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Pediatrics. 2012 Oct;130(4):e856-64. doi: 10.1542/peds.2012-0324. Epub 2012 Sep 3.

Obesity and metabolic syndrome and functional and structural brain impairments in adolescence.

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  • 1Department of Psychiatry, New York University School of Medicine, 145 East 32nd St, 8th Floor, New York, NY 10016, USA.

Abstract

BACKGROUND:

The prevalence of metabolic syndrome (MetS) parallels the rise in childhood obesity. MetS is associated with neurocognitive impairments in adults, but this is thought to be a long-term effect of poor metabolism. It would be important to ascertain whether these brain complications are also present among adolescents with MetS, a group without clinically manifest vascular disease and relatively short duration of poor metabolism.

METHODS:

Forty-nine adolescents with and 62 without MetS, matched on age, socioeconomic status, school grade, gender, and ethnicity, received endocrine, MRI, and neuropsychological evaluations.

RESULTS:

Adolescents with MetS showed significantly lower arithmetic, spelling, attention, and mental flexibility and a trend for lower overall intelligence. They also had, in a MetS-dose-related fashion, smaller hippocampal volumes, increased brain cerebrospinal fluid, and reductions of microstructural integrity in major white matter tracts.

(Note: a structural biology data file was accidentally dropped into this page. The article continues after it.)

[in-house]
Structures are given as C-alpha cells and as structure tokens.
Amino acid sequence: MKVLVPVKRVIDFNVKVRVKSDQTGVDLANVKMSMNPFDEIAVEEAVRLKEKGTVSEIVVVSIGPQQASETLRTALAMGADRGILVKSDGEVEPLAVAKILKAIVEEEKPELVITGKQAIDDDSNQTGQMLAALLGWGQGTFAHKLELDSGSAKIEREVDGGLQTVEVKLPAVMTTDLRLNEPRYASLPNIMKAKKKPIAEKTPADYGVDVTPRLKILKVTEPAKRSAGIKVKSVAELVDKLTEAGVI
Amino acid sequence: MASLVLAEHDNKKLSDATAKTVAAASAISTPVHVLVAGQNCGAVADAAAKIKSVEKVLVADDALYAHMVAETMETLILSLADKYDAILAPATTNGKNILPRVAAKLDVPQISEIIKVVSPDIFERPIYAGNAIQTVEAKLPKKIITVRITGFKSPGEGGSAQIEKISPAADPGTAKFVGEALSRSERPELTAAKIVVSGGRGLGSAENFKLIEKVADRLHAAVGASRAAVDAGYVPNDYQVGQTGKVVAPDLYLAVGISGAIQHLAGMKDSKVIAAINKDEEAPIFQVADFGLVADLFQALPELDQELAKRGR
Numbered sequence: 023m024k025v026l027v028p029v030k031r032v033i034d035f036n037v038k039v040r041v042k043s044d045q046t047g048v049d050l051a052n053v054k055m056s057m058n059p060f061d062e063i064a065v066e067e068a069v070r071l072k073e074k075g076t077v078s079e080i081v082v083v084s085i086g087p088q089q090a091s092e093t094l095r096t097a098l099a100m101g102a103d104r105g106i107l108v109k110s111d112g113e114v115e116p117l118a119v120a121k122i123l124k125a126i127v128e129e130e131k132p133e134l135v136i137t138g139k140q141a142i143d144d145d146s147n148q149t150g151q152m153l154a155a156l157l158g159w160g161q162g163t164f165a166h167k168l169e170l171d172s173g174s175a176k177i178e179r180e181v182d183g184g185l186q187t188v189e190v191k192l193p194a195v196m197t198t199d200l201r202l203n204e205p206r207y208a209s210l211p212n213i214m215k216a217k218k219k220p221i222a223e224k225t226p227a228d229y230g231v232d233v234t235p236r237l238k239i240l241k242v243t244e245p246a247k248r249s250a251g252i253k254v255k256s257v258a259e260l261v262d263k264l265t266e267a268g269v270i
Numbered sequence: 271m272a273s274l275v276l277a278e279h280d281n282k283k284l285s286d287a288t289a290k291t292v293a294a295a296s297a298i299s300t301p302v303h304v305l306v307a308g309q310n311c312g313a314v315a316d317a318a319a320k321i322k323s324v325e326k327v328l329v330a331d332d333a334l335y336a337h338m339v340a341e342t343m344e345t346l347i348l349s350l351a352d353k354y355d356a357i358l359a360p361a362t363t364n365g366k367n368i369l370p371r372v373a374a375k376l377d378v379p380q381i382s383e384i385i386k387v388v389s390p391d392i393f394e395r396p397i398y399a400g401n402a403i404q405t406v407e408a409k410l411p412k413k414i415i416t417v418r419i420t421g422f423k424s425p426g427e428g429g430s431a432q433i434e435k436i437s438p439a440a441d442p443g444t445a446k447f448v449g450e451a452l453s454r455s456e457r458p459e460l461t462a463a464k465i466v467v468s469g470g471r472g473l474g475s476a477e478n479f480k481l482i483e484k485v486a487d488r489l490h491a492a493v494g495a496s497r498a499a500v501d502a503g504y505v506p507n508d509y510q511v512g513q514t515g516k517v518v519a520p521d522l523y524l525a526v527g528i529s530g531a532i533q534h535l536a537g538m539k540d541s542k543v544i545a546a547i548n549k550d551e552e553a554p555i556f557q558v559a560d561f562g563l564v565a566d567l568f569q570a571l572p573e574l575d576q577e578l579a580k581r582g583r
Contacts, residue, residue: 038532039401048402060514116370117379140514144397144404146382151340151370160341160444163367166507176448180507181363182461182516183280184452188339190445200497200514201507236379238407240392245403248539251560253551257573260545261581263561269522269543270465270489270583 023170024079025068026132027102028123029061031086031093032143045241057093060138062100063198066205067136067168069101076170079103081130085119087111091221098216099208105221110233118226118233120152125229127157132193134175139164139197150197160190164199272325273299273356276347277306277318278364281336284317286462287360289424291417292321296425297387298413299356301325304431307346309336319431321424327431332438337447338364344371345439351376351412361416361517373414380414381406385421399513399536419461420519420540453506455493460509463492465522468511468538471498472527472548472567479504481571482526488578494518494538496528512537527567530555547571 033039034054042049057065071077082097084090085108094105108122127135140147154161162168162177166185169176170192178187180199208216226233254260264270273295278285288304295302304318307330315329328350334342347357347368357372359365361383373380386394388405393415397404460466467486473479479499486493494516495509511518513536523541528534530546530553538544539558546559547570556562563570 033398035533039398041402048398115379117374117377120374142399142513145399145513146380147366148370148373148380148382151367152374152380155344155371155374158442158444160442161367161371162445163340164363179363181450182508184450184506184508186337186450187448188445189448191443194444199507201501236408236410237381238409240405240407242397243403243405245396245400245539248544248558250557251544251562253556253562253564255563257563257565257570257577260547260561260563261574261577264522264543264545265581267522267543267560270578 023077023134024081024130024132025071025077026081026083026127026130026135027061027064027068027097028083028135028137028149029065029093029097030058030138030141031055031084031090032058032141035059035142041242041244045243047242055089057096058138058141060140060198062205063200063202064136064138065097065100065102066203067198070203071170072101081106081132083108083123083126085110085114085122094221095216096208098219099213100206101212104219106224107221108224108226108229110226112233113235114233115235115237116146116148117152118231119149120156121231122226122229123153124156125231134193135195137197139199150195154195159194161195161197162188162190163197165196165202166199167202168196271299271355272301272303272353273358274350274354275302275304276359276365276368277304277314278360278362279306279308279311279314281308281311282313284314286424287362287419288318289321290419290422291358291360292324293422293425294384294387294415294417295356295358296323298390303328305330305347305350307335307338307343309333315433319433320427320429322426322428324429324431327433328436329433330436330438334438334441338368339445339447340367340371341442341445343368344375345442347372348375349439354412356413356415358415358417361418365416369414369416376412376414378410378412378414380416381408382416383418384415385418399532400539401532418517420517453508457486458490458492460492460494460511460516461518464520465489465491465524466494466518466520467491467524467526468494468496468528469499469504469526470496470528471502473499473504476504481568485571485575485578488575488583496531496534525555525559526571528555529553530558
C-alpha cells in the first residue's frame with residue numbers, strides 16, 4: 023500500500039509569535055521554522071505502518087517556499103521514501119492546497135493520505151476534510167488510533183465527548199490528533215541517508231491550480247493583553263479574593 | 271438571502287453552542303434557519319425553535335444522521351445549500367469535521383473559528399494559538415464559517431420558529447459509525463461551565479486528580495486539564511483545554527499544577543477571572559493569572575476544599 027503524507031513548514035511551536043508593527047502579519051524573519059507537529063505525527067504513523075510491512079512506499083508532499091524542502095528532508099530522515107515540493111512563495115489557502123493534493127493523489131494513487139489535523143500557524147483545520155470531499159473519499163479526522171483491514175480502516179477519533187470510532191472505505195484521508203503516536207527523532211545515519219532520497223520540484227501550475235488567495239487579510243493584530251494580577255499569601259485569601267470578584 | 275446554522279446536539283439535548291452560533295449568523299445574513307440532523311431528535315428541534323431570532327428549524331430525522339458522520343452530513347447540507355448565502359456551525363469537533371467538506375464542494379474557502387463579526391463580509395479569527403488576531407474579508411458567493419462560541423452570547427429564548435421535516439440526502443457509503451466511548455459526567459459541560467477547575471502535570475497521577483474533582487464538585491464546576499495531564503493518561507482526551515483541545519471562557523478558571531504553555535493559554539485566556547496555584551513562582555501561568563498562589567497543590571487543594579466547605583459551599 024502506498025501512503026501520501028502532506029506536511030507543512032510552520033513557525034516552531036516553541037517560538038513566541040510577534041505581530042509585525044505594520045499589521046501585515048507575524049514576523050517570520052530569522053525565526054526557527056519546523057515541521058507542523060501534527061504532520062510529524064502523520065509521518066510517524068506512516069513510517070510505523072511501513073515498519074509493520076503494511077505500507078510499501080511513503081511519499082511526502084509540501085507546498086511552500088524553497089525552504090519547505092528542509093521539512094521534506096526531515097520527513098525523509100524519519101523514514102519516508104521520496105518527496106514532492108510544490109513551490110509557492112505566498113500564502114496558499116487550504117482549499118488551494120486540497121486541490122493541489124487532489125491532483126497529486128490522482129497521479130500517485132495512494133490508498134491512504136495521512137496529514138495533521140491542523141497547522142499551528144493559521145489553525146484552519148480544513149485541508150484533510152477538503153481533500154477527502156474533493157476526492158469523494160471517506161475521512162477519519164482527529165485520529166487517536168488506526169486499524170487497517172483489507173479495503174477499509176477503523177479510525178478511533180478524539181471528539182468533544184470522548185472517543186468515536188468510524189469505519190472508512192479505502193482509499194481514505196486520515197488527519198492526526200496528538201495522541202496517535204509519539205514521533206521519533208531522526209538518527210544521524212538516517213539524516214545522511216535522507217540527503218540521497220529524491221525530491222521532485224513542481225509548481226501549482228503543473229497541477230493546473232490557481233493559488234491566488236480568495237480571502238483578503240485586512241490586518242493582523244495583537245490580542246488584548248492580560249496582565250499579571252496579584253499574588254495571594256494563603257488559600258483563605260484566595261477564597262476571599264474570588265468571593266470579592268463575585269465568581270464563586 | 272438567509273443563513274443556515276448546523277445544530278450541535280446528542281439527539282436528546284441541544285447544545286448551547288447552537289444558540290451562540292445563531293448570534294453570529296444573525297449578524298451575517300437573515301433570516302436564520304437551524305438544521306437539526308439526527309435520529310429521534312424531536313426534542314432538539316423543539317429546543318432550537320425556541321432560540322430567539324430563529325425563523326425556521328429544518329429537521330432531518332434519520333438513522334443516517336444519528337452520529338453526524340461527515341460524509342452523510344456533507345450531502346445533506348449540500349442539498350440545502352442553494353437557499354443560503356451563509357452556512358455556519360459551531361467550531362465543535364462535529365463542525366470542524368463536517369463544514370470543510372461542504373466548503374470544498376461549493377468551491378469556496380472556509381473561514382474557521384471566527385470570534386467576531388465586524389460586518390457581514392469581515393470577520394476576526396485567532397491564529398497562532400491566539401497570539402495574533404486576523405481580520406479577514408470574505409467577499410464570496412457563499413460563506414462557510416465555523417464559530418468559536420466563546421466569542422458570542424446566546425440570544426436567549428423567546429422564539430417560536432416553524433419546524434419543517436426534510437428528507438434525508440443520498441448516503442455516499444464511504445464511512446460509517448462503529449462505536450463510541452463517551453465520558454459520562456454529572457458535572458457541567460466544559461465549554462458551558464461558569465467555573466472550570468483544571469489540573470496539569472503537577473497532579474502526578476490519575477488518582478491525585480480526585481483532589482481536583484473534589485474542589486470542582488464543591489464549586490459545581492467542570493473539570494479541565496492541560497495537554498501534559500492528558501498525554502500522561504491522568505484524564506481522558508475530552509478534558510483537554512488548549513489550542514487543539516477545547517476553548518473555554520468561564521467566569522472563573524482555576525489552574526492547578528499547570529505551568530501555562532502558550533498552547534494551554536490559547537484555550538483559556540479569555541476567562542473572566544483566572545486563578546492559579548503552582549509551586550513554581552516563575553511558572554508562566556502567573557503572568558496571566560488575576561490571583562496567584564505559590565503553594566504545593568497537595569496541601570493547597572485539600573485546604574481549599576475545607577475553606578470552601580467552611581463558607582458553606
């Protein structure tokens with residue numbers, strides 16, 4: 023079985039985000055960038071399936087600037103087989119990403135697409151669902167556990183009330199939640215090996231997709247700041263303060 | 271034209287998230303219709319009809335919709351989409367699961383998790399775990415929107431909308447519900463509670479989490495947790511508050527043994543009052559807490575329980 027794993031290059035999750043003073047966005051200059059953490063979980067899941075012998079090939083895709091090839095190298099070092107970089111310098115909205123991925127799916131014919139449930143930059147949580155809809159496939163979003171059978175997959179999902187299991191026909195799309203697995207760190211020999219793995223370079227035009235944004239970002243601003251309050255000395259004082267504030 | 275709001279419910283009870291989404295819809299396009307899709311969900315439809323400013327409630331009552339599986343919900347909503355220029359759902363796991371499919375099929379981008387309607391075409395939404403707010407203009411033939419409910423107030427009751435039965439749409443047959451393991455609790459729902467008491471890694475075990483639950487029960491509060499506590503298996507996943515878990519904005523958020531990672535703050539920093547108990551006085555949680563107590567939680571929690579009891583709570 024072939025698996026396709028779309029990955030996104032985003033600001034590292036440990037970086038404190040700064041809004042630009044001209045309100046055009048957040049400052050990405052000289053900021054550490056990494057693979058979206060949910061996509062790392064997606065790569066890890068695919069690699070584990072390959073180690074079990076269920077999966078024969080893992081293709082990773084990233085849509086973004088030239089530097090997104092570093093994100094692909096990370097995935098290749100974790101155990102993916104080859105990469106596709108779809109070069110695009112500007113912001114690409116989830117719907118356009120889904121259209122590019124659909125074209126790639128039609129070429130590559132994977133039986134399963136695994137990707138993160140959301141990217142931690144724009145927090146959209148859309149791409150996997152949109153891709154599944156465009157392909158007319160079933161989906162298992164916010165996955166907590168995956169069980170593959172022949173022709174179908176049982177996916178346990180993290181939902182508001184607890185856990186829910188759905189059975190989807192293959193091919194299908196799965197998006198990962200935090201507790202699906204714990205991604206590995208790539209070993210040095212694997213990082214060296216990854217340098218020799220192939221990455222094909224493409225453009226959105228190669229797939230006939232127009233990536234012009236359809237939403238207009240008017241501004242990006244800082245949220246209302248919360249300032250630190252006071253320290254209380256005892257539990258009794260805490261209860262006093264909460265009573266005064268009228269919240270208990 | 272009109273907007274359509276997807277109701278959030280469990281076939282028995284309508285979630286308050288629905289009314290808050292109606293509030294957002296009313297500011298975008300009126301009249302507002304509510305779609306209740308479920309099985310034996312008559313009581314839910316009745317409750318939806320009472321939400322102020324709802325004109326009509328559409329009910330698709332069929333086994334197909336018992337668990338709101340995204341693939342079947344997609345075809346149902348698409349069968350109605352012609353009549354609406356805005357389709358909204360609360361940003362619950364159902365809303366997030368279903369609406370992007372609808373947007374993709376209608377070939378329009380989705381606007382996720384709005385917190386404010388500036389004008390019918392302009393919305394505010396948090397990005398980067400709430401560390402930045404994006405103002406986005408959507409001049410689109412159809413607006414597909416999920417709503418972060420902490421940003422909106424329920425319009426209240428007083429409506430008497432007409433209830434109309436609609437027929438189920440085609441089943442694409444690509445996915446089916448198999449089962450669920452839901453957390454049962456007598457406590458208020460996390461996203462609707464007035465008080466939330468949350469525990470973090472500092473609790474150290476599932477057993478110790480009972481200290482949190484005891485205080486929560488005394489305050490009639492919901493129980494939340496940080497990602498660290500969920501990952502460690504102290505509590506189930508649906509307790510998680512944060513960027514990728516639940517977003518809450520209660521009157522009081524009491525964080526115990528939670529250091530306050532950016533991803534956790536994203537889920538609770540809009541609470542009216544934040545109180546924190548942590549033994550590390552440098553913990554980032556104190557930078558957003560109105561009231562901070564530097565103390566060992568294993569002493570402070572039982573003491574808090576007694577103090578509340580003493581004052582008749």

CONCLUSIONS:

We document lower cognitive performance and reductions in brain structural integrity among adolescents with MetS, thus suggesting that even relatively short-term impairments in metabolism, in the absence of clinically manifest vascular disease, may give rise to brain complications. In view of these alarming results, it is plausible that obesity-associated metabolic disease, short of type 2 diabetes mellitus, may be mechanistically linked to lower the academic and professional potential of adolescents. Although obesity may not be enough to stir clinicians or even parents into action, these results in adolescents strongly argue for an early and comprehensive intervention. We propose that brain function be introduced among the parameters that need to be evaluated when considering early treatment of childhood obesity.

PMID:
22945407
[PubMed - indexed for MEDLINE]
PMCID:
PMC3457620
Free PMC Article

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